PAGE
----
Harvesting Rainwater: - Centre for Civil Society

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Environment
Centre for Civil Society 422
Harvesting Rainwater:
Catch Water Where it Falls!

Arjun Bhattacharya & O’Neil Rane



Environment
Centre for Civil Society 423
More than 2000 million people would live under conditions of hi
g
h water stress by
the year 2050, according to the UNEP (United Nations Environment Programme),
which warns water could prove to be a limiting factor for development in a
number of regions in the world. About one-fifth of the world’s population lacks
access to safe drinking water and with the present consumption patterns, two out
of every three persons on the earth would live in water-stressed conditions by
2025. Around one-third of the world population now lives in countries with
moderate to high water stress—where water consumption is more than 10% of
the renewable fresh water supply, said the GEO (Global Environment Outlook)
2000, the UNEP’s millennium report. Pollution and scarcity of water resources
and climate change would be the major emerging issues in the next century, said
the report. These issues would be followed by problems of desertification and
deforestation, poor governance at the national and global levels, the loss of
biodiversity, and population growth, said the report
(
The Observer of Business and Politics, 12 October 1999
).
Introduction
The famous water-diamond paradox may finally turn out not to be so. The use value of water was
never undermined, but its about time that even its exchange value is given due importance. Fresh
water today is a scarce resource, and it is being felt the world over.
The reality of water crisis cannot be ignored. India has been notorious of being poor in its
management of water resources. The demand for water is already outstripping the supply. Majority
of the population in the cities today are groundwater dependent. In spite of the municipal water
supply, it is not surprising to find people using private tube wells to supplement their daily water
needs. As a result, the groundwater table is falling at an alarming rate.
Extraction of groundwater is being done unplanned and uncontrolled. This has resulted in:
1. Hydrological imbalance
2. Deterioration in water quality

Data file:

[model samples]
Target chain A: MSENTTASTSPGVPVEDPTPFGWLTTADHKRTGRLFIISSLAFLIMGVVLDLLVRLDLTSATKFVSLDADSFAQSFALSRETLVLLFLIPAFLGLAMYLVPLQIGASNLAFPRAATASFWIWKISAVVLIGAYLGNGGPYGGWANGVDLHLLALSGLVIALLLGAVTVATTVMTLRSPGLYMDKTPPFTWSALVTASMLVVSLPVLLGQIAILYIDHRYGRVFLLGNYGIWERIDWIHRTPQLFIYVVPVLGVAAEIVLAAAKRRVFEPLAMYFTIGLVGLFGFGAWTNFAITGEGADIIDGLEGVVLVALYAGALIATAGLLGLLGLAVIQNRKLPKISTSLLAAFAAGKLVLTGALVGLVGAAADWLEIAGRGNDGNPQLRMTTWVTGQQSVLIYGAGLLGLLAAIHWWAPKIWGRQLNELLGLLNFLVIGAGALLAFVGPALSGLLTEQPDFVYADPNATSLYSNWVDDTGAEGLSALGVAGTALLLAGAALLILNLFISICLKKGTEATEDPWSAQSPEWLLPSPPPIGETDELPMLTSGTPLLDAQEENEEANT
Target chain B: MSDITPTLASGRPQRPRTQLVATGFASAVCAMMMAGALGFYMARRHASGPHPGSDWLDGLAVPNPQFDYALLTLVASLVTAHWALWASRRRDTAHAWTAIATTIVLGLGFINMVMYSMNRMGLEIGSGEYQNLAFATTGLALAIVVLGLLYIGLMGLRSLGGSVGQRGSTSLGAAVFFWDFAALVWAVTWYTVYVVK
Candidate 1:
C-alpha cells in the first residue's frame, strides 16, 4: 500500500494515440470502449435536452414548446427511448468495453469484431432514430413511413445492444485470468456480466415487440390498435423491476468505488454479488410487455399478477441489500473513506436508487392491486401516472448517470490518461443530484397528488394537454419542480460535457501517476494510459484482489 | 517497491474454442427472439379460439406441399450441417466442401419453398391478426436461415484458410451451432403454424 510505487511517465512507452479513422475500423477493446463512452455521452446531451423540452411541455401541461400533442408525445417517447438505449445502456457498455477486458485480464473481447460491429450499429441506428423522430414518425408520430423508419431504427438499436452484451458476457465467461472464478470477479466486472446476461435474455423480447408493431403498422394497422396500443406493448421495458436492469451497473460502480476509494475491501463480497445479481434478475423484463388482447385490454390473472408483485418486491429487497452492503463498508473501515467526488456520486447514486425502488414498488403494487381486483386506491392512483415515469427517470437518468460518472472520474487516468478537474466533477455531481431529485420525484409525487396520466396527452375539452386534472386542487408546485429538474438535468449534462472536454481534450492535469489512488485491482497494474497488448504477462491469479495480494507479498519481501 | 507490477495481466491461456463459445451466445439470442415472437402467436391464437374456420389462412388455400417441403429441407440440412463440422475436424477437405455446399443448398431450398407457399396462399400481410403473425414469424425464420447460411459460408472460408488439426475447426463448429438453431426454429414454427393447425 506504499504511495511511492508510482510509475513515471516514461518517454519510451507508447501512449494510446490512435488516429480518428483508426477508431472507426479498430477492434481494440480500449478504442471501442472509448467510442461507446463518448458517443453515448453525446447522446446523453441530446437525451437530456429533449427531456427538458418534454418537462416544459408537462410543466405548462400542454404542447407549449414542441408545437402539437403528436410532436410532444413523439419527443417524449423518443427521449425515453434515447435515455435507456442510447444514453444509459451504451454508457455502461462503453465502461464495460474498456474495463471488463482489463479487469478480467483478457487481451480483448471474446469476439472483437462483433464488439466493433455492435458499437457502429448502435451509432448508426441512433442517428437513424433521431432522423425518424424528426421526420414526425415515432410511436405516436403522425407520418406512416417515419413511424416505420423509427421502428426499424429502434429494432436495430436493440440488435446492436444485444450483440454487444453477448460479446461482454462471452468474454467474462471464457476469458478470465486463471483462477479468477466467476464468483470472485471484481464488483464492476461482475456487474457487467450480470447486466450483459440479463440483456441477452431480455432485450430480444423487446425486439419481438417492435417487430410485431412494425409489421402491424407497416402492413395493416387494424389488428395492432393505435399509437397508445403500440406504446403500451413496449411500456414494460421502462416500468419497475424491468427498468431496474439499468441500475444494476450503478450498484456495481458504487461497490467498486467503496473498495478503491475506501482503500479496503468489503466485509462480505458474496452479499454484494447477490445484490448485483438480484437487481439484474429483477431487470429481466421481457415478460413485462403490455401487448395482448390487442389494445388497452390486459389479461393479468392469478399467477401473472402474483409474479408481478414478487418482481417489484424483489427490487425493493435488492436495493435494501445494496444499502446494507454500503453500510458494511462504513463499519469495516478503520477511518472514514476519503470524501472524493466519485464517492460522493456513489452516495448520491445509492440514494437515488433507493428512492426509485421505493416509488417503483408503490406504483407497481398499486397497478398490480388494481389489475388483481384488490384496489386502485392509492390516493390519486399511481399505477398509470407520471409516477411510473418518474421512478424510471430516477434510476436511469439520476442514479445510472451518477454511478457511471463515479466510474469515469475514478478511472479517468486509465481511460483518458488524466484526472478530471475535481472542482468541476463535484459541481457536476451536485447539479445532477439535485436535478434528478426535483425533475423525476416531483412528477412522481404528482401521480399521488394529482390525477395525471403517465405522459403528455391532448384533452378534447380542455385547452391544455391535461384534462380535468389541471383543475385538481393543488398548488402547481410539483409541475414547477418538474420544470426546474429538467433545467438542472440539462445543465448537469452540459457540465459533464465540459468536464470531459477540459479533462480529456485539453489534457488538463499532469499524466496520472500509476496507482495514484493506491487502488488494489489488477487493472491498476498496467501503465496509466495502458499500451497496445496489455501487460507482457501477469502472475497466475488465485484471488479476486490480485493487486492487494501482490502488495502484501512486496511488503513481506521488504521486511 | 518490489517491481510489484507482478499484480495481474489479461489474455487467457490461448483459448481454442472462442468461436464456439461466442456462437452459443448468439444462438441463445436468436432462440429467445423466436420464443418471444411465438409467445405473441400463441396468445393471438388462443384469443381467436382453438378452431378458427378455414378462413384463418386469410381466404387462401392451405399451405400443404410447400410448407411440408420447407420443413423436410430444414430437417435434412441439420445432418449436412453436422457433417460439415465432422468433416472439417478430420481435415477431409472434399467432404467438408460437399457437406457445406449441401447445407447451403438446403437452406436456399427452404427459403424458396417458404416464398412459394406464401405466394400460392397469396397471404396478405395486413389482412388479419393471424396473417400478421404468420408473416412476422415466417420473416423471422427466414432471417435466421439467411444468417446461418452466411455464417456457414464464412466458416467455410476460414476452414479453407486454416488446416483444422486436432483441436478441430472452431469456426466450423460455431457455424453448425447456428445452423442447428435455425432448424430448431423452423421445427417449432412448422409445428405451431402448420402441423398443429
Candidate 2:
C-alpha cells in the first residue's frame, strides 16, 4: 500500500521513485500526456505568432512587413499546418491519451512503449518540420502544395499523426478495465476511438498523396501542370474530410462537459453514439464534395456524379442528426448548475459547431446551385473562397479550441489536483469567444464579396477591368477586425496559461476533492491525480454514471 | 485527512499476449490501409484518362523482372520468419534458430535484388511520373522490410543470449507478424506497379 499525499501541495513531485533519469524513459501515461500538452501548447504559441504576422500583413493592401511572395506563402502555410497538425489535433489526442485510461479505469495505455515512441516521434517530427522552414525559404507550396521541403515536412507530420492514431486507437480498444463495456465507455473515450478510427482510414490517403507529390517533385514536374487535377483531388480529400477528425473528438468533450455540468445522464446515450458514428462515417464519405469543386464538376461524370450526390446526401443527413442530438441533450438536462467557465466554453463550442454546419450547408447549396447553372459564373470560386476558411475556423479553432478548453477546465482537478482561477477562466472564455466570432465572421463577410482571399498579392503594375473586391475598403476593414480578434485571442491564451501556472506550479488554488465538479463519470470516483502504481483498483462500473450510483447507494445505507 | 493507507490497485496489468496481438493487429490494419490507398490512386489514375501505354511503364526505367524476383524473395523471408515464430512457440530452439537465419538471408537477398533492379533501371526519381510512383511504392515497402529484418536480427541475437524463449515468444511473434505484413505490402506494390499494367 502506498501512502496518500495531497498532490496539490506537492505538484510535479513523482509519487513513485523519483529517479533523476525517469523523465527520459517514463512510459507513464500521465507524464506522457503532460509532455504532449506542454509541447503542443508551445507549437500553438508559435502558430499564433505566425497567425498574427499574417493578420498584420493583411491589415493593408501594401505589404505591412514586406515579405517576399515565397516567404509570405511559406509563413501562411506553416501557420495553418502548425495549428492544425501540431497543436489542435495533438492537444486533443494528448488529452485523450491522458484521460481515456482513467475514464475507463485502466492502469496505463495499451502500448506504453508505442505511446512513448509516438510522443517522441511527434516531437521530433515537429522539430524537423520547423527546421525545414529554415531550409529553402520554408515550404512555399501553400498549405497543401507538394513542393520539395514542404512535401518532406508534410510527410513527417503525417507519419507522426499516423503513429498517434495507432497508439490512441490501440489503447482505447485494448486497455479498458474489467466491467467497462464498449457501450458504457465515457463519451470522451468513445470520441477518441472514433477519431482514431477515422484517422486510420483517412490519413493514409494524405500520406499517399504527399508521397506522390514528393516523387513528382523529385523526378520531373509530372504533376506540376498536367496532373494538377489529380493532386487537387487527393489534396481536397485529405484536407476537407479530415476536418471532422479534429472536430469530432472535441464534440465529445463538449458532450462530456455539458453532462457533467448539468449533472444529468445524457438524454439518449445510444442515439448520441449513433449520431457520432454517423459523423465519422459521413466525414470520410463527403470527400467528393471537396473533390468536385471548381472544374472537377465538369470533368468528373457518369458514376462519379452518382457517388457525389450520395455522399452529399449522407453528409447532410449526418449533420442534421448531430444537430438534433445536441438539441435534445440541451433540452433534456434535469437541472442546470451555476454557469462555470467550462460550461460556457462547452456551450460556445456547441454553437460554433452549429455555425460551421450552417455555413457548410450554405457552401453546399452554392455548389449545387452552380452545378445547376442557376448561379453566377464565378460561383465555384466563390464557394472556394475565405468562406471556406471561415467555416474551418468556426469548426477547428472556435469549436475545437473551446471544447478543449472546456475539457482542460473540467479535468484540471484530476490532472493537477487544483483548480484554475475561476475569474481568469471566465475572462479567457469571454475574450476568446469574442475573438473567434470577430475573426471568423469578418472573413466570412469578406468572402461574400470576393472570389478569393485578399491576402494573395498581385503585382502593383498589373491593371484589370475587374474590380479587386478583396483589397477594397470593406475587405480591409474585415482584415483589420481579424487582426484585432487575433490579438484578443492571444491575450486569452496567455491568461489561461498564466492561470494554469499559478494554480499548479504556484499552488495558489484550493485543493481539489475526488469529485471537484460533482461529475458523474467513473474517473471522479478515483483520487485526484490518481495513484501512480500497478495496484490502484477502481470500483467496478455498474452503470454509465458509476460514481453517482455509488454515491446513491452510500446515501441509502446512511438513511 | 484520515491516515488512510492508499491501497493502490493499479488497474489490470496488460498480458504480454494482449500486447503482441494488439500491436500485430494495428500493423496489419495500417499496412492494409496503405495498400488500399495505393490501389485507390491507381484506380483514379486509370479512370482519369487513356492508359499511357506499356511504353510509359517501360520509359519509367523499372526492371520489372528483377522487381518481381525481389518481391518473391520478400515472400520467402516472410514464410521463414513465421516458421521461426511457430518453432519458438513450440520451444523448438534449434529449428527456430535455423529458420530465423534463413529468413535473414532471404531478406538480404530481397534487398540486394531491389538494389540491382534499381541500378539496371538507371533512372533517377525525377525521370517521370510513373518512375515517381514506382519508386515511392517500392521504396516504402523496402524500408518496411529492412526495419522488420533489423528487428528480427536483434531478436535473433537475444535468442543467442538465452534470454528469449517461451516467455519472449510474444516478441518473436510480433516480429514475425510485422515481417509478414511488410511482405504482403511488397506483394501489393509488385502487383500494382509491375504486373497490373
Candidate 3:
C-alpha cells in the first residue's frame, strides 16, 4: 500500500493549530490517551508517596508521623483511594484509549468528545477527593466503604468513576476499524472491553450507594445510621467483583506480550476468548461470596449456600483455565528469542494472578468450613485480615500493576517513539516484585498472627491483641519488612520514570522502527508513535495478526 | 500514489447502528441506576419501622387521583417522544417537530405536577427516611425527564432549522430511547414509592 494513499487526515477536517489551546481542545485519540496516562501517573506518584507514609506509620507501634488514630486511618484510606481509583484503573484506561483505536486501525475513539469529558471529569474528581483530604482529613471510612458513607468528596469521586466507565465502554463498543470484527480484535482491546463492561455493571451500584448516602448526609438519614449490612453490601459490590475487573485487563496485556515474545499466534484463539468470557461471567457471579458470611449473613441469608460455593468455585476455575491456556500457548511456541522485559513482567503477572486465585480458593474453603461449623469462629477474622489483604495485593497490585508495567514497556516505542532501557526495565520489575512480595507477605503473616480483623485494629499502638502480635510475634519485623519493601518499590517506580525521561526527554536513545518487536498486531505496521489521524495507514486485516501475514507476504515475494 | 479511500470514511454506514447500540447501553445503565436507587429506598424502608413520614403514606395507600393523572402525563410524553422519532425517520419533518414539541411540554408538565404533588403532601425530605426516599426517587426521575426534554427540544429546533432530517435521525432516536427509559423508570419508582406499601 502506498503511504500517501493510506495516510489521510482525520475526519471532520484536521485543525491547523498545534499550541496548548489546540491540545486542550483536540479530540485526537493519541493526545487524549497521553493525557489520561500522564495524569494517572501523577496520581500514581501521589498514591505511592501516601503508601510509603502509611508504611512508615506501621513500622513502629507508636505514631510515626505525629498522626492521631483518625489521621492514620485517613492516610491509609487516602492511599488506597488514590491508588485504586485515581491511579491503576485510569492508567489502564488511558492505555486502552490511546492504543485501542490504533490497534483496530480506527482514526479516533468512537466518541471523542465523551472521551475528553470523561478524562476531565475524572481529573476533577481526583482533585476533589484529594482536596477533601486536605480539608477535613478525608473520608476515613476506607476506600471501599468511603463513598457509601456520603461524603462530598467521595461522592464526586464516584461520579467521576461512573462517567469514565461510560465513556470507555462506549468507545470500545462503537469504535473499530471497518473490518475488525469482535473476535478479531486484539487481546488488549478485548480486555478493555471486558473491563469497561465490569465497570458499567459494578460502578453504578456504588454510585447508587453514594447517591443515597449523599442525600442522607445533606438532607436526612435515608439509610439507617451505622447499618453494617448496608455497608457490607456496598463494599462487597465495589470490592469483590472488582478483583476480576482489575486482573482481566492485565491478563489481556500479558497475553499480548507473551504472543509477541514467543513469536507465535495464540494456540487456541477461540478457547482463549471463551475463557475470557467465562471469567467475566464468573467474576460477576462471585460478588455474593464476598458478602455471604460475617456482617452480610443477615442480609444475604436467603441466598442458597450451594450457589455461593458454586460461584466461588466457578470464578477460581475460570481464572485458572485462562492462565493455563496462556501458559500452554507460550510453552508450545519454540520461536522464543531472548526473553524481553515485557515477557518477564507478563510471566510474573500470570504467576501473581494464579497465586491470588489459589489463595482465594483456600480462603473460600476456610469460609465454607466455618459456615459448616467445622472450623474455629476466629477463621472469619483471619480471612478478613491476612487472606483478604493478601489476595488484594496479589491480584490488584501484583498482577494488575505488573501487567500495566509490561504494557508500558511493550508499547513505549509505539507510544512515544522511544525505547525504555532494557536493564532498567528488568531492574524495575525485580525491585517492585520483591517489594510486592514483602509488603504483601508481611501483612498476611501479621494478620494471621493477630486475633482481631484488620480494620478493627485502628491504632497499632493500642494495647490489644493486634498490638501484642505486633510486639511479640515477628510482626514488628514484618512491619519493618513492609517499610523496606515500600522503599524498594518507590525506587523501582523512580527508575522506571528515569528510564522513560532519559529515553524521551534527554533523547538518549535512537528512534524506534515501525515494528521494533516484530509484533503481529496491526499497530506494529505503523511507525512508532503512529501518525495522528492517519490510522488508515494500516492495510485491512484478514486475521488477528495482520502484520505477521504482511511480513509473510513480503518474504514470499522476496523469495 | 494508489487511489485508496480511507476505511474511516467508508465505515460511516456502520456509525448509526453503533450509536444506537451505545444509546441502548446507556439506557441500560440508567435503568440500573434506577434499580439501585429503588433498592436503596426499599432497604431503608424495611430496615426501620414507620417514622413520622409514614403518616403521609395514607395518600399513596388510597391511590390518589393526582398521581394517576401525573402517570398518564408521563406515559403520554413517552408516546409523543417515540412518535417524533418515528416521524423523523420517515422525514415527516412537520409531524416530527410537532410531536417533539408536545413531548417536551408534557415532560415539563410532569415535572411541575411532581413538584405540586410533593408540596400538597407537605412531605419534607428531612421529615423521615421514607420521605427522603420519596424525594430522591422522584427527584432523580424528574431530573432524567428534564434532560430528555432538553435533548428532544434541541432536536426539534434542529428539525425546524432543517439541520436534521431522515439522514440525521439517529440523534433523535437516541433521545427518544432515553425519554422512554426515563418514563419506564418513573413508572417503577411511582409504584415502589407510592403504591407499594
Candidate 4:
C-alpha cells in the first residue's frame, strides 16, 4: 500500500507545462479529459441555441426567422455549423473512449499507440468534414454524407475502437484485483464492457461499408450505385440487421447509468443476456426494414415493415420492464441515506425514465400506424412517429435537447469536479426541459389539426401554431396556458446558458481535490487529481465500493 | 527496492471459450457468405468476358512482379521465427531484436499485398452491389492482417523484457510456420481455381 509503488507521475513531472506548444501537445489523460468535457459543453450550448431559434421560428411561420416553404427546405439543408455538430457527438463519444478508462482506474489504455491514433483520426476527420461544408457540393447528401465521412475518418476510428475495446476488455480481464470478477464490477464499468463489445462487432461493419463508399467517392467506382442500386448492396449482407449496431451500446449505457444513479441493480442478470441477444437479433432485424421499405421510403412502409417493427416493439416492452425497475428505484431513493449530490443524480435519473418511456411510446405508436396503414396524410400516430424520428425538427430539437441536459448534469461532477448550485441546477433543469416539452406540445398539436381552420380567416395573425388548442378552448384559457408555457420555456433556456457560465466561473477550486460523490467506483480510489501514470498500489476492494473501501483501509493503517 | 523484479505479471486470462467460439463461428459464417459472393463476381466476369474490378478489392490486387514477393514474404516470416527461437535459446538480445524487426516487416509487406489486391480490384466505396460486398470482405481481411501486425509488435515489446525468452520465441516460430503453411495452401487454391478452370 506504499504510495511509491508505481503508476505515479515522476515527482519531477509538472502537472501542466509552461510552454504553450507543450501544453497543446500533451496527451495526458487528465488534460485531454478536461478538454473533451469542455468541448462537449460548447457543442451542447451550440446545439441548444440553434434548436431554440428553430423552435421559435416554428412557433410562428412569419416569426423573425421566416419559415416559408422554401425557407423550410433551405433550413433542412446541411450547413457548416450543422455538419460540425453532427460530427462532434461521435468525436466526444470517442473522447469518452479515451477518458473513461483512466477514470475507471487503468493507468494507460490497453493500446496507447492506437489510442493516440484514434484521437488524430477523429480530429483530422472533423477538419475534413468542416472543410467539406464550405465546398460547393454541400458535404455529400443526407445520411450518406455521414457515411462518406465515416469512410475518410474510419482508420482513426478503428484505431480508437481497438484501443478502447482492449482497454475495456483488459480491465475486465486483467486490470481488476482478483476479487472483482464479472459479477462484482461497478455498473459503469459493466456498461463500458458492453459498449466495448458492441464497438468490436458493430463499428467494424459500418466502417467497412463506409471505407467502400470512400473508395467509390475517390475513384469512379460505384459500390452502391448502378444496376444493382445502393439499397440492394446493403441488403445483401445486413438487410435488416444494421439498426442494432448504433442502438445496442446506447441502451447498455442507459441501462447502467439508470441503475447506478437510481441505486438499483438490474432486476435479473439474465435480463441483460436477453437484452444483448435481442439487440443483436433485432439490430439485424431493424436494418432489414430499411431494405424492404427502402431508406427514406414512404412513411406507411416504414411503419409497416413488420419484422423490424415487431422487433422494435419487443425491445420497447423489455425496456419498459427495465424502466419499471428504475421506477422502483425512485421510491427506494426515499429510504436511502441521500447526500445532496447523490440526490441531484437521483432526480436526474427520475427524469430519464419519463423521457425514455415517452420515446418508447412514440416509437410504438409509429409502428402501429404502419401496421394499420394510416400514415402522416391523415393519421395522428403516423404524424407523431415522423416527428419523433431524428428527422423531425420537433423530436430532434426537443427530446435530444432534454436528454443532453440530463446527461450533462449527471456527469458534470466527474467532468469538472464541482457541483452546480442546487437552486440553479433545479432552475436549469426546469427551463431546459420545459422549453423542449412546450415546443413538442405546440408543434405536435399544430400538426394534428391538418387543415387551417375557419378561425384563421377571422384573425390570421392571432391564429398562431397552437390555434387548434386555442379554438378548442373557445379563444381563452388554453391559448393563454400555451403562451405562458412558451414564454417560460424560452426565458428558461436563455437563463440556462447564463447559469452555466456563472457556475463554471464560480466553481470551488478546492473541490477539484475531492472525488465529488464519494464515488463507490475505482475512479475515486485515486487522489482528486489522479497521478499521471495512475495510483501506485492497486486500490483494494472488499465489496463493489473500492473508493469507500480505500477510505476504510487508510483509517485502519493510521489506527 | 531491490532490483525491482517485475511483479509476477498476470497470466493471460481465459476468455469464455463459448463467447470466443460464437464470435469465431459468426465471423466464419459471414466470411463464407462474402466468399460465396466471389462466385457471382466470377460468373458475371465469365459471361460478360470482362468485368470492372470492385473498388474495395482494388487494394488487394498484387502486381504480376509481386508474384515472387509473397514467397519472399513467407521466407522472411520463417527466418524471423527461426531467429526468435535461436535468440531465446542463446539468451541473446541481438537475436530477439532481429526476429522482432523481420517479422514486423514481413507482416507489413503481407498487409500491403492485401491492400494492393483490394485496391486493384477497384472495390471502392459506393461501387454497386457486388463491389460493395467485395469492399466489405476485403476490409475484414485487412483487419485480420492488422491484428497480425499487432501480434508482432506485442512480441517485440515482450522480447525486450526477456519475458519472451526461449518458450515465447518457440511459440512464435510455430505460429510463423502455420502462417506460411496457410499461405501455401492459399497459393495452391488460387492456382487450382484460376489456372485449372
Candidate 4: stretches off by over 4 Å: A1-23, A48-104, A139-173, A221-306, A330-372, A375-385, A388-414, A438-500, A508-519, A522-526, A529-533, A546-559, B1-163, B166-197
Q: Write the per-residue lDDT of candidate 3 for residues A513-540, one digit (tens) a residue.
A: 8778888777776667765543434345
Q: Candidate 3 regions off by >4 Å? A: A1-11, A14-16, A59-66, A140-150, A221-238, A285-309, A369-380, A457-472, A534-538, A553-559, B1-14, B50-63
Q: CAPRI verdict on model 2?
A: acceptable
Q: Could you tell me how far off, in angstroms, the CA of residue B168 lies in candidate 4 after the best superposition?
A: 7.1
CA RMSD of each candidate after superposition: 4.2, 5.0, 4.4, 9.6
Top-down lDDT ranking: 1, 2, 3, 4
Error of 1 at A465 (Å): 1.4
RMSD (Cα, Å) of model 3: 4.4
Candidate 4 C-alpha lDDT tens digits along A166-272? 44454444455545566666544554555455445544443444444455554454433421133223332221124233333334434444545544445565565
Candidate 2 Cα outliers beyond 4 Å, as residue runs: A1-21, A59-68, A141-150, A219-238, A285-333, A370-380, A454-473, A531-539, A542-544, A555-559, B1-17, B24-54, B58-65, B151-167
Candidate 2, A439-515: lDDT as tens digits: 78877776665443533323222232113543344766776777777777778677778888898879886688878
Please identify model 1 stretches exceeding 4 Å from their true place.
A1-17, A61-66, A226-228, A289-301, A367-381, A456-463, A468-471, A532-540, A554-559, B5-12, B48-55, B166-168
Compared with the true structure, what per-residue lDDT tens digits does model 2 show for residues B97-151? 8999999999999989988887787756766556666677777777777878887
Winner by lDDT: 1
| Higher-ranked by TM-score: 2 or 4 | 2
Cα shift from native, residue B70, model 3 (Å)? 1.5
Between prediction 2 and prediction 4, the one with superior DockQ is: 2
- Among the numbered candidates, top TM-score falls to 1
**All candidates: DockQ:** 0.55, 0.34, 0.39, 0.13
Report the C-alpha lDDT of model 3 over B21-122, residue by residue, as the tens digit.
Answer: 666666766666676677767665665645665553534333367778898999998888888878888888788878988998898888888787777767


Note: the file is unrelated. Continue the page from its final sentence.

3. Rise in energy requirements for pumping
Uncontrolled disposal of industrial effluents and sewage of cities into rivers and other water
bodies has also resulted in contamination of groundwater. Hence, immediate remedial actions need
to be undertaken to avoid a national water crisis.
Rain Water Harvesting, is an age-old system of collection of rainwater for future use. But
systematic collection and recharging of ground water, is a recent development and is gaining
importance as one of the most feasible and easy to implement remedy to restore the hydrological
imbalance and prevent a crisis.
Our focus is on the National Capital Territory (NCT) of Delhi, which is currently facing acute
water shortage and drastic drop in the groundwater table over the last few decades.
Technically speaking, water harvesting means capturing the rain where it falls. Experts
suggest various ways of harvesting water:
• Capturing run-off from rooftops
• Capturing run-off from local catchments
• Capturing seasonal flood water from local streams
• Conserving water through watershed management
Local water harvesting systems developed by local communities and households can reduce
the pressure on the state to provide all the financial resources needed for water supply. In addition,
involving people will give them a sense of ownership and reduce the burden on government funds.





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Need for Water Harvesting
The scarcity of water is a well-known fact. In spite of higher average annual rainfall in India (1,170
mm, 46 inches) as compared to the global average (800 mm, 32 inches) it does not have sufficient
water. Most of the rain falling on the surface tends to flow away rapidly, leaving very little for the
recharge of groundwater. As a result, most parts of India experience lack of water even for domestic
uses.
Surface water sources fail to meet the rising demands of water supply in urban areas,